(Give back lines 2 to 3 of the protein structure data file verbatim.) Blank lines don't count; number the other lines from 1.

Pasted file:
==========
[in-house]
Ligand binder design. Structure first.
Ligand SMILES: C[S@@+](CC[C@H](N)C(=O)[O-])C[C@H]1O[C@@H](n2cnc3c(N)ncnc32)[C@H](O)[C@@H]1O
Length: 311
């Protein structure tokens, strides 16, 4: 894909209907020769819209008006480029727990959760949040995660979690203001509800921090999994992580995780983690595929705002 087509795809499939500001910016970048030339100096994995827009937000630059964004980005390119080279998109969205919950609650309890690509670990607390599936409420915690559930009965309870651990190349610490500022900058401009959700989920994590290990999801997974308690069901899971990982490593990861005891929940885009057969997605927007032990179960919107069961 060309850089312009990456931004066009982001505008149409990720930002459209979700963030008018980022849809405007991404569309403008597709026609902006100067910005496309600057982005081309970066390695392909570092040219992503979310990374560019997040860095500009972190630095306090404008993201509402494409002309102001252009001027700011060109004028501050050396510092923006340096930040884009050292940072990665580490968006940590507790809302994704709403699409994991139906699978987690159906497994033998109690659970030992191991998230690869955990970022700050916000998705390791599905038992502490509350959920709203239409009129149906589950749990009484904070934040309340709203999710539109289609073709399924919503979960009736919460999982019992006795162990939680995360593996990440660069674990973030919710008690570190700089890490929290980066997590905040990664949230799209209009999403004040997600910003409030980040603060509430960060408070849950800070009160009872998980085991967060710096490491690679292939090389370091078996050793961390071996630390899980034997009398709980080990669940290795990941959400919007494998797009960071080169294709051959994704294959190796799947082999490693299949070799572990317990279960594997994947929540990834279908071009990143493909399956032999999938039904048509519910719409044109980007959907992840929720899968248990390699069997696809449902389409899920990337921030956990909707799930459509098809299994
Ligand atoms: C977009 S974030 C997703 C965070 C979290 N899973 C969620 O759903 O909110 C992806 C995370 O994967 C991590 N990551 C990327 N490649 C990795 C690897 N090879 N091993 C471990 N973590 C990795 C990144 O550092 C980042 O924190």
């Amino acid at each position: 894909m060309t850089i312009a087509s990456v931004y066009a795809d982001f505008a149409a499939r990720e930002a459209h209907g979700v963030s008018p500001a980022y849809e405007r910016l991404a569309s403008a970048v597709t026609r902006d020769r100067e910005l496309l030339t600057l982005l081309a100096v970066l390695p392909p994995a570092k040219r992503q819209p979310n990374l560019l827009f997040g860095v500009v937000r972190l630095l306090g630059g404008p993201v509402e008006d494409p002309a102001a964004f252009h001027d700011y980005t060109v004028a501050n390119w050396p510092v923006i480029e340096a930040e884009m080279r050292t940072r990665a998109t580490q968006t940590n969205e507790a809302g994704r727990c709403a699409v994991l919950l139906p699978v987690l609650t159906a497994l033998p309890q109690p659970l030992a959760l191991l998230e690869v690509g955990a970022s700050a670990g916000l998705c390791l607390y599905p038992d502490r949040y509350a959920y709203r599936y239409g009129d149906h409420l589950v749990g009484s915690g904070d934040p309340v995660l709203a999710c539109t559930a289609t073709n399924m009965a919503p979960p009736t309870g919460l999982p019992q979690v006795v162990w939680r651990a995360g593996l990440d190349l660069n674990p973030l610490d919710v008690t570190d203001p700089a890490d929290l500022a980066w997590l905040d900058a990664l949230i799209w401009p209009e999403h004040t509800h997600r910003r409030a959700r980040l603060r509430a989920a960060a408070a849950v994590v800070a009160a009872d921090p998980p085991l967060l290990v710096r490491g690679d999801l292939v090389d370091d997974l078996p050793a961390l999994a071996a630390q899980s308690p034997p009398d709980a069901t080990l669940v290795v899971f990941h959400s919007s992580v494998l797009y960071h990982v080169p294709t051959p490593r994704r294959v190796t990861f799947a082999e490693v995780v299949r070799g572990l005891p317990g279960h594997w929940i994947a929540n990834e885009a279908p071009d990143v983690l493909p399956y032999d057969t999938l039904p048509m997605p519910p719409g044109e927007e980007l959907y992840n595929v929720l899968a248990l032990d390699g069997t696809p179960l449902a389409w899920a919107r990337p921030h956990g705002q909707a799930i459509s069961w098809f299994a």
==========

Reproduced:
Ligand binder design. Structure first.
Ligand SMILES: C[S@@+](CC[C@H](N)C(=O)[O-])C[C@H]1O[C@@H](n2cnc3c(N)ncnc32)[C@H](O)[C@@H]1O